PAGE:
Are you a ready, willing, and able buyer? The experts that led our workshop on land purchasing preparedness for beginning farmers, held at Convention last month, said you need to be just that before buying land for the first time! Missed it? That’s ok; we have you covered.
Here’s how to be a ready, willing, and able buyer...
1. Start early
Figure out what you can afford, and be realistic. Overstate expenses, and understate income. What can you afford? How much savings or additional equity do you have for a down-payment? What is the most you can do for a loan-to-value ratio on a new purchase? What additional collateral could you pledge? Will a family member be co-signing or guaranteeing a certain portion of the loan? These are all questions you will have to answer before taking out a loan.
2. Build relationships
- Form a relationship with a lender, prior to asking them for money. Share your vision. Lenders are far more likely to lend to someone they have met and trust. Some banks may not be able to offer you the deal others can, so introduce yourself to multiple lenders.
- Find a mentor. Navigating the unknown territory of purchasing land for the first time and beginning your farm or ranch can be overwhelming. Let someone lead you in the right direction.
3. Educate yourself
There are many programs that are designed specifically for young farmers and ranchers, but they won’t find you. Do a little research, and make sure you have explored all of your options and opportunities.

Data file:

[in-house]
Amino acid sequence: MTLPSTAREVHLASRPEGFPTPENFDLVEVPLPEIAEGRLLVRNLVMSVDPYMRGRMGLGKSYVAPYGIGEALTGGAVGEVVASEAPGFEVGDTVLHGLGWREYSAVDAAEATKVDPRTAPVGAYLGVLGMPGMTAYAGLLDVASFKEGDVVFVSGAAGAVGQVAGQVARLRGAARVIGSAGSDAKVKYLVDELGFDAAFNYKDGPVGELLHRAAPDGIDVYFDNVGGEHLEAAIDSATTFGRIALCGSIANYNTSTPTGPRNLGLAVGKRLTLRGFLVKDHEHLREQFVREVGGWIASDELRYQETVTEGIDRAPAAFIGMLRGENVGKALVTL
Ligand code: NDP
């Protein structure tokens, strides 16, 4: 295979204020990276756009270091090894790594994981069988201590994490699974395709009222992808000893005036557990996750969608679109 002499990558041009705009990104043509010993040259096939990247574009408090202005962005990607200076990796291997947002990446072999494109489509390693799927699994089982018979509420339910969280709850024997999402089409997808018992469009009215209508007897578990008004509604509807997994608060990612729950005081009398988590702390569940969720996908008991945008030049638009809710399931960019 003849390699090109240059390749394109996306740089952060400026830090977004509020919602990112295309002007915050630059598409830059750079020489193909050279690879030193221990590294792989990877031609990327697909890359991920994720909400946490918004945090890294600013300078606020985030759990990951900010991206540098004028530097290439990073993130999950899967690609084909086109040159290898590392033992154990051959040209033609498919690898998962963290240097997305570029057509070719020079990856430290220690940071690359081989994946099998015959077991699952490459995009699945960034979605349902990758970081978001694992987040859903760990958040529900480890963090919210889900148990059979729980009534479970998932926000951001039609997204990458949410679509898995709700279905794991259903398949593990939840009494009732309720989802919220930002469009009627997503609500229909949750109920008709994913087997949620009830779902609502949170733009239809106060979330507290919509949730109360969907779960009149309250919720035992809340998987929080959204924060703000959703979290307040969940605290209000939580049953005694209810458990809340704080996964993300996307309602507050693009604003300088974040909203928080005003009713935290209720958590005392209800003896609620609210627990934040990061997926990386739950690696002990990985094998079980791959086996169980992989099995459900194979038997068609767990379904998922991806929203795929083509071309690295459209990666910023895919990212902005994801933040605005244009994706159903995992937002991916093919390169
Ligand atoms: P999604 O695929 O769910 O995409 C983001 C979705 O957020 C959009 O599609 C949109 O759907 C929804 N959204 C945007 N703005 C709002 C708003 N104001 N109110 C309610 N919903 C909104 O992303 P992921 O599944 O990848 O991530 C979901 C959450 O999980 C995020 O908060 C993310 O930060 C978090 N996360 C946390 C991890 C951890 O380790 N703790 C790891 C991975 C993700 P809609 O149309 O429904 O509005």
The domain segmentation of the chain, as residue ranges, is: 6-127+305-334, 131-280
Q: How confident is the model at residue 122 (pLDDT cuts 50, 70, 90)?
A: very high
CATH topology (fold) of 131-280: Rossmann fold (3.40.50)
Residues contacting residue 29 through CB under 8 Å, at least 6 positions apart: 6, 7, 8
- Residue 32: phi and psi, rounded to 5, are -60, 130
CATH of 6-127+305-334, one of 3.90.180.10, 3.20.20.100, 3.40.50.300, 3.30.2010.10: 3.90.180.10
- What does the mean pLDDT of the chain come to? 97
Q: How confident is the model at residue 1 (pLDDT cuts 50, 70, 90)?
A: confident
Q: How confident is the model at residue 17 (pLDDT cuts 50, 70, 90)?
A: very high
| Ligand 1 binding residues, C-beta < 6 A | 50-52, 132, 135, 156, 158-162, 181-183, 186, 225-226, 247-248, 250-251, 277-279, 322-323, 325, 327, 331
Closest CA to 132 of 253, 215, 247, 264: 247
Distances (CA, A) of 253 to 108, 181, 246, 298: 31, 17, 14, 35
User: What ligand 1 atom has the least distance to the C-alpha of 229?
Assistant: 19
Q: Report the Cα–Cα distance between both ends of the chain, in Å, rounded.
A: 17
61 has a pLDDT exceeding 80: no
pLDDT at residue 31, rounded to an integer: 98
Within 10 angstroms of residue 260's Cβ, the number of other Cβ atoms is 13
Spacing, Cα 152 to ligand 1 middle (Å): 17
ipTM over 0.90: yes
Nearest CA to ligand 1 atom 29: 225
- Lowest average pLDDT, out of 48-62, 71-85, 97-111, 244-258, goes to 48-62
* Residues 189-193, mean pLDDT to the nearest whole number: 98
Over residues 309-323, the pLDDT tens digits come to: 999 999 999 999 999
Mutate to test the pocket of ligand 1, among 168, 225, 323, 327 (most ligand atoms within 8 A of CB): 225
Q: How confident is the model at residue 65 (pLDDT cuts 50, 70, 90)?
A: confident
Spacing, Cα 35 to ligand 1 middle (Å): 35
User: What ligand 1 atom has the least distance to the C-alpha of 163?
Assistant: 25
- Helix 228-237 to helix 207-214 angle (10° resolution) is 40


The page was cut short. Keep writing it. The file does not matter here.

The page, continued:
- Northwest Farm Credit
- MT Department of Agriculture
4. Meet with your banker
Have three years of financials – tax returns, bank statements, and balance sheets – available. Calculate projected cash flows and debt service coverage with the new land purchase. Create a business plan and request a letter of intent from your lender.
Shop all of your options, though. If declined by your local banker, ask your banker if they can do a participation with another bank or Northwest Farm Credit Services. Is there an opportunity for you to do a loan privately through an individual lender? Are there other banks you haven’t considered?
5. Speak to a buyer-broker
Have a “pre-approval” (letter of intent) ready from your bank for a broker. They need to know that you are legitimate and to be taken seriously. From the plan built by you and the bank, relay detailed and specific info to buyer-broker. How many acres are you looking for? Irrigated? What’s your budget?
Make sure you sign a buyer-broker agreement so that their fiduciary and agency responsibility lies only with you. Then, build your strategy and negotiating plan – contingencies, closing date, initial offer, counter offer, closing costs, etc…
6. Don’t marry the land
There will always be another; no farm, ranch or parcel is so unique that it cannot be passed up, even if it borders your family’s property on three sides. Keep it business, factual and analytical. You do not have to take a deal, simply because it is within your budget. Have a vision, and budget for that vision. Ready and able buyers have negotiating power, and aren’t willing until every piece falls into place.
7. Be patient
This process rarely takes less than 100 days, and requires your patience. However, a head start and your due-diligence could very well streamline this time span.
Buying land is exciting and terrifying all at the same time. Knowing what's expected and being prepared with this information will help you confidently and comfortable navigate this next big step!
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